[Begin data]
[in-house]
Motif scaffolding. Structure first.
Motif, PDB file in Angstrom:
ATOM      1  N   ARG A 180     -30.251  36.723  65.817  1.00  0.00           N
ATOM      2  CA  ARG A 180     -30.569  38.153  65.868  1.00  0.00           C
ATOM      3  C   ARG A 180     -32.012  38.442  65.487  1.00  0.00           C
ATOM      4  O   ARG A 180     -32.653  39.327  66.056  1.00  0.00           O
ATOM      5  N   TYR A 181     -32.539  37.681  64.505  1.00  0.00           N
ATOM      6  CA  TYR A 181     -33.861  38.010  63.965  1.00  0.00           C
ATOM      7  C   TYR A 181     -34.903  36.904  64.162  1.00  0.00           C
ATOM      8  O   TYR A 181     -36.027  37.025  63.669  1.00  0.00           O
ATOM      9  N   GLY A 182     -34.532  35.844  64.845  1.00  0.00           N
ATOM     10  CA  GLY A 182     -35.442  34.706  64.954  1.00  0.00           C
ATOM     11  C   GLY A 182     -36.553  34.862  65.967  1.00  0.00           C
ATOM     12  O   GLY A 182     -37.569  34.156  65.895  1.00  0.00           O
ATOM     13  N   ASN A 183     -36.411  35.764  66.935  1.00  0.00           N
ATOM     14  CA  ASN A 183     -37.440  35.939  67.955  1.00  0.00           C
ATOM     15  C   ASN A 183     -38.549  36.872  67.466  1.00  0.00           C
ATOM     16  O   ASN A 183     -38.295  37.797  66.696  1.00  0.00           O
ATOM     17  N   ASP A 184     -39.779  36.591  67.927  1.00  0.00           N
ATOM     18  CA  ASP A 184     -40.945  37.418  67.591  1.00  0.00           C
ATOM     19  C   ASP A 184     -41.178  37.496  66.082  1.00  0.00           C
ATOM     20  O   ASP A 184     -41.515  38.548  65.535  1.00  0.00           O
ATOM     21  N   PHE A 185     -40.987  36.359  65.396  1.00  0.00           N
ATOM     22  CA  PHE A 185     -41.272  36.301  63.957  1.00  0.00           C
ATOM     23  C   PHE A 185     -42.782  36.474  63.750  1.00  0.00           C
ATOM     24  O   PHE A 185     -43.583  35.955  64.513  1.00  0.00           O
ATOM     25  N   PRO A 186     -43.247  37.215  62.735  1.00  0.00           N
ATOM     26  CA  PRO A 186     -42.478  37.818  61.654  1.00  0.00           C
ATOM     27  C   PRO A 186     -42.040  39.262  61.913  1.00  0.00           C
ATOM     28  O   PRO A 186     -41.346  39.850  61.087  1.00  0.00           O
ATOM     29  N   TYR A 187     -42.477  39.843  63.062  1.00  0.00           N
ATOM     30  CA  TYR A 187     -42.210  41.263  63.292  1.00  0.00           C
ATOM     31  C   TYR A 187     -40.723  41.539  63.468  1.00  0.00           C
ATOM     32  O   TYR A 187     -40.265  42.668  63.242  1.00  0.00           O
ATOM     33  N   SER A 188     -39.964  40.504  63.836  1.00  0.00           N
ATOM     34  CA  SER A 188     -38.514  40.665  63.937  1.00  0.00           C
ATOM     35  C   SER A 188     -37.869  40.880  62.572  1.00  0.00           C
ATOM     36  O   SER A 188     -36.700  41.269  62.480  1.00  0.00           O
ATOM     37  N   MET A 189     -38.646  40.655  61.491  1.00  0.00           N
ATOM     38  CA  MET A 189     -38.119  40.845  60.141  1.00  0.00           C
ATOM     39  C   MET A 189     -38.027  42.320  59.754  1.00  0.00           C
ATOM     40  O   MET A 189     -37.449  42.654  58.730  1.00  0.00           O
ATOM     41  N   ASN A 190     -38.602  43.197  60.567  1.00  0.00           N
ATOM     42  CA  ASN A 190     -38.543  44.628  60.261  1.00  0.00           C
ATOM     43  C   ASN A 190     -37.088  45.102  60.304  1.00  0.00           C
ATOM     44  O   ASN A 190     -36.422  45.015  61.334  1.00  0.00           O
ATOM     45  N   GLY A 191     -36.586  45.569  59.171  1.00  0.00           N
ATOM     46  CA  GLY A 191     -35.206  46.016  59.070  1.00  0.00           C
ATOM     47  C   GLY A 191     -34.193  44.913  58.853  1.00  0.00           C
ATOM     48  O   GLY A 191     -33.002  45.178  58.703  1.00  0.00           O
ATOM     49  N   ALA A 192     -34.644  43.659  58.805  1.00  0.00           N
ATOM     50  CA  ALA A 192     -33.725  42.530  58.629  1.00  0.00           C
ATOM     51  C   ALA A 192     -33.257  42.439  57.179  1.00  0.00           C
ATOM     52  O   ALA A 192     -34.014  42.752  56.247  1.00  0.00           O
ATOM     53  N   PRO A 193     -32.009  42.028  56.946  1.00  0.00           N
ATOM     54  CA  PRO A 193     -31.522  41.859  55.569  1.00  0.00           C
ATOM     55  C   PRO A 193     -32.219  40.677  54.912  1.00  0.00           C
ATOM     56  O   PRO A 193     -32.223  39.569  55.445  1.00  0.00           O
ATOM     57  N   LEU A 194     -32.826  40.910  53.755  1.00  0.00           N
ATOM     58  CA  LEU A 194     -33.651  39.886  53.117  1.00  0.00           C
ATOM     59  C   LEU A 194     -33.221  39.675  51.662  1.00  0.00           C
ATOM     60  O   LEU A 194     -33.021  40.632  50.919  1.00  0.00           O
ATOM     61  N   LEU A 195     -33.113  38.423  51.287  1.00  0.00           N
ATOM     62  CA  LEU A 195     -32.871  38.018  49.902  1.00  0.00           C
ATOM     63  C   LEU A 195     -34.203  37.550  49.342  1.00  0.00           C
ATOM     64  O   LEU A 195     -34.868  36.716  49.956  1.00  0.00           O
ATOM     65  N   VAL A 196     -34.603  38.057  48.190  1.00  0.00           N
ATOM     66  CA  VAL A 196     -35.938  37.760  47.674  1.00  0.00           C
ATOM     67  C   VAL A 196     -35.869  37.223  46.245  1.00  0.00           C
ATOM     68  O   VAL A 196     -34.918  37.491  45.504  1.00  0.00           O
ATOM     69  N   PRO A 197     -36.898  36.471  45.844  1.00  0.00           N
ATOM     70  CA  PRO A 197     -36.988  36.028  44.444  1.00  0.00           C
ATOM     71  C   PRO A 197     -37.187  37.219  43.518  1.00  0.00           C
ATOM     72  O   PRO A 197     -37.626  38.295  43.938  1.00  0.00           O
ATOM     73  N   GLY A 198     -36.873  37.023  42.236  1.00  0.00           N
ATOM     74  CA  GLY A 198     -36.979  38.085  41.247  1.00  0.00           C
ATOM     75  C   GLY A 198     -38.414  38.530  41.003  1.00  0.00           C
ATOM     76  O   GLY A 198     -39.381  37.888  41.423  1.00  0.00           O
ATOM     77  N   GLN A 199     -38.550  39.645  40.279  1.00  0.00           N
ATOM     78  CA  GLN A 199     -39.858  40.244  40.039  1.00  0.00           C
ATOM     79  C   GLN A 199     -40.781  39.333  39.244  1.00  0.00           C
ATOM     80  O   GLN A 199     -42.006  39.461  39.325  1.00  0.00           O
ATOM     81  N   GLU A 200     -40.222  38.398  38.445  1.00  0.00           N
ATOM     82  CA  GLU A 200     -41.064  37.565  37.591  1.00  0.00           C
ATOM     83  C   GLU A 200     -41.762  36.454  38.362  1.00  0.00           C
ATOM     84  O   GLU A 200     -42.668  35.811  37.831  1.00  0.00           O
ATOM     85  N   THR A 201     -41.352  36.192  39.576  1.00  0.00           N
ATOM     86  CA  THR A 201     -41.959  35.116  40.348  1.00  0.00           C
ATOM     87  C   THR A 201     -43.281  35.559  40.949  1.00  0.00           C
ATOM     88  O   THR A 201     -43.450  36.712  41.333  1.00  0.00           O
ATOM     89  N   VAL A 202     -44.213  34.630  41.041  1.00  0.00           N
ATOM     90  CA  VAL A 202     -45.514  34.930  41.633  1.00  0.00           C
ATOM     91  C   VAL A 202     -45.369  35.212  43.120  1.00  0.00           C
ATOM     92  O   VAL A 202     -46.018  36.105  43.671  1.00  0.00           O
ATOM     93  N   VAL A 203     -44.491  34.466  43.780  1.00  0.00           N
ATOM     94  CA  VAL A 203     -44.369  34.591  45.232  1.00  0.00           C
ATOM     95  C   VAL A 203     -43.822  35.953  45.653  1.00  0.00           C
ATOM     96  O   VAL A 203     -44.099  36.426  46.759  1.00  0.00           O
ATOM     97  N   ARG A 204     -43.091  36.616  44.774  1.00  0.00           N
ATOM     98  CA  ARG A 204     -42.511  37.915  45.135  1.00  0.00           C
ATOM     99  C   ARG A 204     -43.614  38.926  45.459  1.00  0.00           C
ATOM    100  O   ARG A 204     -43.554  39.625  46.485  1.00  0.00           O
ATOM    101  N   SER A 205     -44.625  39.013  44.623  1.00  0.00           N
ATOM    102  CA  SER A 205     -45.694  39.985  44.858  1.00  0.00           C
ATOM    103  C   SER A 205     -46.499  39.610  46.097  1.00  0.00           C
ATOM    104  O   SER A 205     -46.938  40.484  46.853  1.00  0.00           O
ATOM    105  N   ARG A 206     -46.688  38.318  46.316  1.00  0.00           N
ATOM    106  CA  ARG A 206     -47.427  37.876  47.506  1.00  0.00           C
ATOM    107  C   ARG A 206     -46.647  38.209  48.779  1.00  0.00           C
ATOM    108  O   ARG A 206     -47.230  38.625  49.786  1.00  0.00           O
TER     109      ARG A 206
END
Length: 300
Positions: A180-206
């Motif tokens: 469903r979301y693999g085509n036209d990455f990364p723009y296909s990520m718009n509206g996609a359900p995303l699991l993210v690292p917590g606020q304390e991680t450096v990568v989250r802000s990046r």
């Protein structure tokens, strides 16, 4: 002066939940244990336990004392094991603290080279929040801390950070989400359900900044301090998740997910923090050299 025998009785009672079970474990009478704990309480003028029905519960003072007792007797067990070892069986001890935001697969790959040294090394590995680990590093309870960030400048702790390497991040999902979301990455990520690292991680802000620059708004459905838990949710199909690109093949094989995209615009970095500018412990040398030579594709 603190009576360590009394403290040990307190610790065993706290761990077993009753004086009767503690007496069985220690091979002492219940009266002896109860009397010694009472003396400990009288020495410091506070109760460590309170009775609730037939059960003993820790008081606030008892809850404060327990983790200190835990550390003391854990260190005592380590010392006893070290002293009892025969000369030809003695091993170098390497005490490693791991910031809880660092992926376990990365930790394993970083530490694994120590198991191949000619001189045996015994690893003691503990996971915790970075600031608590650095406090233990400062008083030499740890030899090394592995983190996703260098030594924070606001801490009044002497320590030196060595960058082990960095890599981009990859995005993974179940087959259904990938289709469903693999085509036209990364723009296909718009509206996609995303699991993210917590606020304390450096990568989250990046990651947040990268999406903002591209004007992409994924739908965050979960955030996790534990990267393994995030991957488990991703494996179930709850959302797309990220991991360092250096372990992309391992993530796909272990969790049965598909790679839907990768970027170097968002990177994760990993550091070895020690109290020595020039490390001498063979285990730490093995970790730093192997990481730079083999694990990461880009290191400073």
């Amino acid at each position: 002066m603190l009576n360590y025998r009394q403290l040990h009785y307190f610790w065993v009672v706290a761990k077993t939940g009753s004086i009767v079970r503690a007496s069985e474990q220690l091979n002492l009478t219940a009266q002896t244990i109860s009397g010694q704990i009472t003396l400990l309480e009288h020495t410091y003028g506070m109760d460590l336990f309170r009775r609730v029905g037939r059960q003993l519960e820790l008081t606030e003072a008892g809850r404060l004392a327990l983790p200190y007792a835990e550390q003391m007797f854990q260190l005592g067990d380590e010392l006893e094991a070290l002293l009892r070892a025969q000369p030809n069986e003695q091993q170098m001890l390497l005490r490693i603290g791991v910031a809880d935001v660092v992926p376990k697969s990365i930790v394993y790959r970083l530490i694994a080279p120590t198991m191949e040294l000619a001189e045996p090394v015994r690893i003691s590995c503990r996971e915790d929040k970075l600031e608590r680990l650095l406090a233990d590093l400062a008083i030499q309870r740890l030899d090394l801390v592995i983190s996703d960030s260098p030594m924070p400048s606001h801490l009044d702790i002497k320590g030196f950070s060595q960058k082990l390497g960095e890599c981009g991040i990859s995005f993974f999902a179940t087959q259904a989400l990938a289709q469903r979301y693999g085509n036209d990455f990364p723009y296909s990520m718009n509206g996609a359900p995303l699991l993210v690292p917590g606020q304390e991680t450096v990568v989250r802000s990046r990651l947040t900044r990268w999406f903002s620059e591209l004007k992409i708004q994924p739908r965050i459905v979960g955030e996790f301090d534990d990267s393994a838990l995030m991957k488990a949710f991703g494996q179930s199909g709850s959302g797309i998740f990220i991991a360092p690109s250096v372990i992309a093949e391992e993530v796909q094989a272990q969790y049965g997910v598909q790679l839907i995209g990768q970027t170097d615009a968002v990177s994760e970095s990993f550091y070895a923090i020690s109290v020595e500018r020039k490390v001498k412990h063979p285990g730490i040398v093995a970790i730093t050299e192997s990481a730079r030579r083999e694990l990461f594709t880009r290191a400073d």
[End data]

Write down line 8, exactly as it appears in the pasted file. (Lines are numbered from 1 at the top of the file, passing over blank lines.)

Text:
ATOM      5  N   TYR A 181     -32.539  37.681  64.505  1.00  0.00           N